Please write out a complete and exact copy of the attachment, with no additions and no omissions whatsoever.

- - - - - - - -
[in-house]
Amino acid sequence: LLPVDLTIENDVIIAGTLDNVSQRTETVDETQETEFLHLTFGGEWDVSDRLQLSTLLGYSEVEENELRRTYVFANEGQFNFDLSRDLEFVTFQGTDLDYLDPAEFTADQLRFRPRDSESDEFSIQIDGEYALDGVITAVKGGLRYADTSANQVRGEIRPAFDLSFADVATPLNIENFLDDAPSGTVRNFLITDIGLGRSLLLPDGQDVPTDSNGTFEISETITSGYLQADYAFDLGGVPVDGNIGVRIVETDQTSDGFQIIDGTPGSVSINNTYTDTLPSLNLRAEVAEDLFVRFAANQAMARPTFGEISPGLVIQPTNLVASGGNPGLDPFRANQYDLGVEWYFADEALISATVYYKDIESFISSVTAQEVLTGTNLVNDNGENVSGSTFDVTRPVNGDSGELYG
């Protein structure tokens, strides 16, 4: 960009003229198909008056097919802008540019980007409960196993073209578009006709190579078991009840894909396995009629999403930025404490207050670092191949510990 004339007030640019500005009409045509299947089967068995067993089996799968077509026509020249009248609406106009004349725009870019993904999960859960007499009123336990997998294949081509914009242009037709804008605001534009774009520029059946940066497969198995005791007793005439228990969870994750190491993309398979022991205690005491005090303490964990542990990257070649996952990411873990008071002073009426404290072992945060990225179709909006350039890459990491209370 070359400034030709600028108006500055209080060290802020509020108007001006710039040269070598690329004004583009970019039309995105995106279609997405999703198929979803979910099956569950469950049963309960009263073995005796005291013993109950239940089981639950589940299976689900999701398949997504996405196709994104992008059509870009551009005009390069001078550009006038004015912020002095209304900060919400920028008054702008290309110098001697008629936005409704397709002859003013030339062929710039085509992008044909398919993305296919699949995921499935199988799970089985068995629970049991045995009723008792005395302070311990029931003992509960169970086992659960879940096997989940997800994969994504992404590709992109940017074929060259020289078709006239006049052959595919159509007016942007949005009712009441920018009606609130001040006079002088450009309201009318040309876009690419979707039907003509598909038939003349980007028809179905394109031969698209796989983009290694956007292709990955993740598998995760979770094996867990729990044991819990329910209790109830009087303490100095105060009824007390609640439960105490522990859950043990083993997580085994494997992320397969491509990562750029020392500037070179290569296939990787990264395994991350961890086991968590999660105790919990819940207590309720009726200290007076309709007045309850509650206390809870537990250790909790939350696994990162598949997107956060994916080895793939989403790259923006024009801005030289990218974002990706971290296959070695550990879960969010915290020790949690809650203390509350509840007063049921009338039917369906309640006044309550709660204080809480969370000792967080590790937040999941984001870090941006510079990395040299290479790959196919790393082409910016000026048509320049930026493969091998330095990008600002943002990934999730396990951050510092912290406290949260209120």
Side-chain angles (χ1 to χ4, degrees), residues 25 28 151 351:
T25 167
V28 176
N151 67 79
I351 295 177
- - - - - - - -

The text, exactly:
[in-house]
Amino acid sequence: LLPVDLTIENDVIIAGTLDNVSQRTETVDETQETEFLHLTFGGEWDVSDRLQLSTLLGYSEVEENELRRTYVFANEGQFNFDLSRDLEFVTFQGTDLDYLDPAEFTADQLRFRPRDSESDEFSIQIDGEYALDGVITAVKGGLRYADTSANQVRGEIRPAFDLSFADVATPLNIENFLDDAPSGTVRNFLITDIGLGRSLLLPDGQDVPTDSNGTFEISETITSGYLQADYAFDLGGVPVDGNIGVRIVETDQTSDGFQIIDGTPGSVSINNTYTDTLPSLNLRAEVAEDLFVRFAANQAMARPTFGEISPGLVIQPTNLVASGGNPGLDPFRANQYDLGVEWYFADEALISATVYYKDIESFISSVTAQEVLTGTNLVNDNGENVSGSTFDVTRPVNGDSGELYG
């Protein structure tokens, strides 16, 4: 960009003229198909008056097919802008540019980007409960196993073209578009006709190579078991009840894909396995009629999403930025404490207050670092191949510990 004339007030640019500005009409045509299947089967068995067993089996799968077509026509020249009248609406106009004349725009870019993904999960859960007499009123336990997998294949081509914009242009037709804008605001534009774009520029059946940066497969198995005791007793005439228990969870994750190491993309398979022991205690005491005090303490964990542990990257070649996952990411873990008071002073009426404290072992945060990225179709909006350039890459990491209370 070359400034030709600028108006500055209080060290802020509020108007001006710039040269070598690329004004583009970019039309995105995106279609997405999703198929979803979910099956569950469950049963309960009263073995005796005291013993109950239940089981639950589940299976689900999701398949997504996405196709994104992008059509870009551009005009390069001078550009006038004015912020002095209304900060919400920028008054702008290309110098001697008629936005409704397709002859003013030339062929710039085509992008044909398919993305296919699949995921499935199988799970089985068995629970049991045995009723008792005395302070311990029931003992509960169970086992659960879940096997989940997800994969994504992404590709992109940017074929060259020289078709006239006049052959595919159509007016942007949005009712009441920018009606609130001040006079002088450009309201009318040309876009690419979707039907003509598909038939003349980007028809179905394109031969698209796989983009290694956007292709990955993740598998995760979770094996867990729990044991819990329910209790109830009087303490100095105060009824007390609640439960105490522990859950043990083993997580085994494997992320397969491509990562750029020392500037070179290569296939990787990264395994991350961890086991968590999660105790919990819940207590309720009726200290007076309709007045309850509650206390809870537990250790909790939350696994990162598949997107956060994916080895793939989403790259923006024009801005030289990218974002990706971290296959070695550990879960969010915290020790949690809650203390509350509840007063049921009338039917369906309640006044309550709660204080809480969370000792967080590790937040999941984001870090941006510079990395040299290479790959196919790393082409910016000026048509320049930026493969091998330095990008600002943002990934999730396990951050510092912290406290949260209120």
Side-chain angles (χ1 to χ4, degrees), residues 25 28 151 351:
T25 167
V28 176
N151 67 79
I351 295 177